China's consumer price index (CPI), a main gauge of inflation, rose 3.1 per cent year-on-year in September, up from 2.6 per cent in August, while its producer price index (PPI) fell 1.3 per cent for the same period amid decline in exports.
The average CPI rise in the first nine months stood at 2.5 per cent, well below the government's full-year target of 3.5 per cent, the National Bureau of Statistics (NBS) said today.
Yu Qiumei, a senior statistician with the bureau, attributed the CPI rise in September mainly to a hike in food prices due to the holiday effect, as well as drought and floods in some regions.
Food prices account for about one-third of the CPI data.
Last month, food prices rose 6.1 per cent year-on-year, while prices of non-food products moved up 1.6 per cent, state-run Xinhua news agency quoted the NBS as saying.
The NBS data also showed China's producer price index, which measures inflation at the wholesale level, fell 1.3 per cent in September from a year-ago period.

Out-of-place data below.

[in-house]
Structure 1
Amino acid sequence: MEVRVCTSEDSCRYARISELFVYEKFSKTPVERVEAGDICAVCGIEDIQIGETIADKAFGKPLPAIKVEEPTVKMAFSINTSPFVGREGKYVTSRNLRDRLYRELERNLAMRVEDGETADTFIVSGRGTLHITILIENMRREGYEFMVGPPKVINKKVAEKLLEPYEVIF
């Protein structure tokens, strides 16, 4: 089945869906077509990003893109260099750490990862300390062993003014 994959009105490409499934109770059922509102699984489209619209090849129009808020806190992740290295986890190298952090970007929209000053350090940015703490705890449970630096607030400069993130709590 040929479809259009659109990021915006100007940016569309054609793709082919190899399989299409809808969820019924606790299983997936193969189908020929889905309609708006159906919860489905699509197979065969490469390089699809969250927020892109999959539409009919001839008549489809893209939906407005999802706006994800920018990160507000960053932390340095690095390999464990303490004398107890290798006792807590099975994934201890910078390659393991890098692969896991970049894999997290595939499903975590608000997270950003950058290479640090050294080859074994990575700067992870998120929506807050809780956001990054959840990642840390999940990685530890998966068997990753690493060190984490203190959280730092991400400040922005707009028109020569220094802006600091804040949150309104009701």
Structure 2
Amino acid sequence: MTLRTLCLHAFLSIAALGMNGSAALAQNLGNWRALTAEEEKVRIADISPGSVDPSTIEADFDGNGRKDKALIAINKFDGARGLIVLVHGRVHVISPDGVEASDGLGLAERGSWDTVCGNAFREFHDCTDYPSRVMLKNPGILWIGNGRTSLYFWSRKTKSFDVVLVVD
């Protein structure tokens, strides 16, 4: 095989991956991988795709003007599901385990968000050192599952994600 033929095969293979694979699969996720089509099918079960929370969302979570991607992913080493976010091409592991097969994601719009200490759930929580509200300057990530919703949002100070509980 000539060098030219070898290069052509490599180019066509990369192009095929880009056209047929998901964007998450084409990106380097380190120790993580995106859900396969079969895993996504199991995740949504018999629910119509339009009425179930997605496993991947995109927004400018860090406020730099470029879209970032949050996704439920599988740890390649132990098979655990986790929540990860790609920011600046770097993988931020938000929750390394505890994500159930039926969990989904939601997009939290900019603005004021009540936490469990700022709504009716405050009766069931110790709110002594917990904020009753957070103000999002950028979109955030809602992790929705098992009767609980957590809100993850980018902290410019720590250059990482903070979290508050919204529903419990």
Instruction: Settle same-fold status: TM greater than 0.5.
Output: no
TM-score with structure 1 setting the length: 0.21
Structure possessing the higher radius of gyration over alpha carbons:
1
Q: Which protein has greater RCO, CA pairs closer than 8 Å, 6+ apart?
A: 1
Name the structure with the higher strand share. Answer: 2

Also the PPI, which measures inflation at the wholesale level, fell 1.3 per cent in September from a year earlier compared with a 1.6 per cent drop in August, the NBS said.
PPI has been in negative territory for 19 consecutive months.
However, the pace of the decrease has been easing for four straight months, indicating continued strengthening of the country's economy, Yu said.
On a monthly basis, the PPI edged up 0.2 per cent in September, up slightly from a 0.1 per cent month-on-month increase for August, according to the NBS.
China's gross domestic product (GDP) growth eased to 7.5 per cent in the second quarter, down from 7.7 per cent in the first quarter and 7.9 per cent in the last quarter of 2012, sparking concerns of economy slowing down.
The NBS is scheduled to release the GDP data for the third quarter on Friday.
China's exports fell 0.3 per cent in September from a year earlier, ending two consecutive months of rise, reverting to the earlier trend of decline.
Imports, however, increased 7.4 per cent last month from a year-ago period, accelerating from 7 per cent